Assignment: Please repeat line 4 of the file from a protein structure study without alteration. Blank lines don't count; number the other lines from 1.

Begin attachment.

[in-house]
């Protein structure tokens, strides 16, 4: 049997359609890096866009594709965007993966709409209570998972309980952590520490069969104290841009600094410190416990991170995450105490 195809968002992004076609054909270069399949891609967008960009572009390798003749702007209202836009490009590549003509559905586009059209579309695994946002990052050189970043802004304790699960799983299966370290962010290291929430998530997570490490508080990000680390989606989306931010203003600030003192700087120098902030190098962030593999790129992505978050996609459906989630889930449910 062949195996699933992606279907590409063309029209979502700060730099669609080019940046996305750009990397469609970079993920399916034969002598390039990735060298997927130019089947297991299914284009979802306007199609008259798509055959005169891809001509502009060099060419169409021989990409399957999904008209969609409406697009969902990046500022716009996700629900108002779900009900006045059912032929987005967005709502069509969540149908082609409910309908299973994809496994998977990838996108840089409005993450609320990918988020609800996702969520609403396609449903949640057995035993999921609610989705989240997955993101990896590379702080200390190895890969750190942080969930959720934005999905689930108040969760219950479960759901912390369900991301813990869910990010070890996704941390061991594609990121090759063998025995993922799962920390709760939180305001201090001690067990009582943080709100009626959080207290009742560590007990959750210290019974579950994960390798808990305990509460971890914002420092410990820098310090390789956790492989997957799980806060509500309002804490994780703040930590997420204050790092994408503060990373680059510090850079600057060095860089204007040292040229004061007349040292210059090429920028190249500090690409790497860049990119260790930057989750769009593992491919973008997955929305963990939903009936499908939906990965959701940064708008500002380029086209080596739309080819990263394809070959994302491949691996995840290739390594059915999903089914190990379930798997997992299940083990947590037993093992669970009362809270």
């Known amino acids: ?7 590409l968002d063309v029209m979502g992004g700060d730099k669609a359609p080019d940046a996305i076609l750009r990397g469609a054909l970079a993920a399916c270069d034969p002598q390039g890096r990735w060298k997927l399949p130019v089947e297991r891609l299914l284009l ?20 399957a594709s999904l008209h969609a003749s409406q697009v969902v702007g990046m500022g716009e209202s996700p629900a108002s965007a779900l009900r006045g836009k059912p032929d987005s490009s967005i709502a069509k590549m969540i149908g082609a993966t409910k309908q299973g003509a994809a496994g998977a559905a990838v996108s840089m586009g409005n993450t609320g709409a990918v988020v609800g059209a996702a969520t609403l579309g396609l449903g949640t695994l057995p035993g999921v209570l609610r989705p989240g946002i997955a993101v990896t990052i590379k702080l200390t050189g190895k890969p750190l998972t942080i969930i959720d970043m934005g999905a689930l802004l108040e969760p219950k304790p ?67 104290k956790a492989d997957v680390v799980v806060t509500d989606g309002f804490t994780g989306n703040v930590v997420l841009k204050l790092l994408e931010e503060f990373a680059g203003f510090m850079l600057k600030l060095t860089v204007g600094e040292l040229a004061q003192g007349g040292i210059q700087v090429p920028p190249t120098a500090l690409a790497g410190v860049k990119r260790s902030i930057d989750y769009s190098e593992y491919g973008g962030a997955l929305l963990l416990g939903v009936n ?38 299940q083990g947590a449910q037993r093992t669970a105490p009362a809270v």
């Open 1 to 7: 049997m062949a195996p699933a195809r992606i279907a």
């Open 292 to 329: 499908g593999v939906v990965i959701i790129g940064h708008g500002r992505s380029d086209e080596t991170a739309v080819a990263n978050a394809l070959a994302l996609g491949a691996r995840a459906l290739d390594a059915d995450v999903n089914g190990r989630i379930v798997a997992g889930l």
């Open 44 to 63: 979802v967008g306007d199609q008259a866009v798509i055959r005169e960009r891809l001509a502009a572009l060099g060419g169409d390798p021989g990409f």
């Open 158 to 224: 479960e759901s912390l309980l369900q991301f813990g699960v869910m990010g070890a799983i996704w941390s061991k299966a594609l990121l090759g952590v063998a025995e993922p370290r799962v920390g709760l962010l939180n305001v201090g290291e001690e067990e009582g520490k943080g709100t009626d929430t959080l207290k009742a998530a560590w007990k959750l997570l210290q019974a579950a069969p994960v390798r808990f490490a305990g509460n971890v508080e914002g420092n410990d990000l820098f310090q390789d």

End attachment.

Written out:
């Open 1 to 7: 049997m062949a195996p699933a195809r992606i279907a």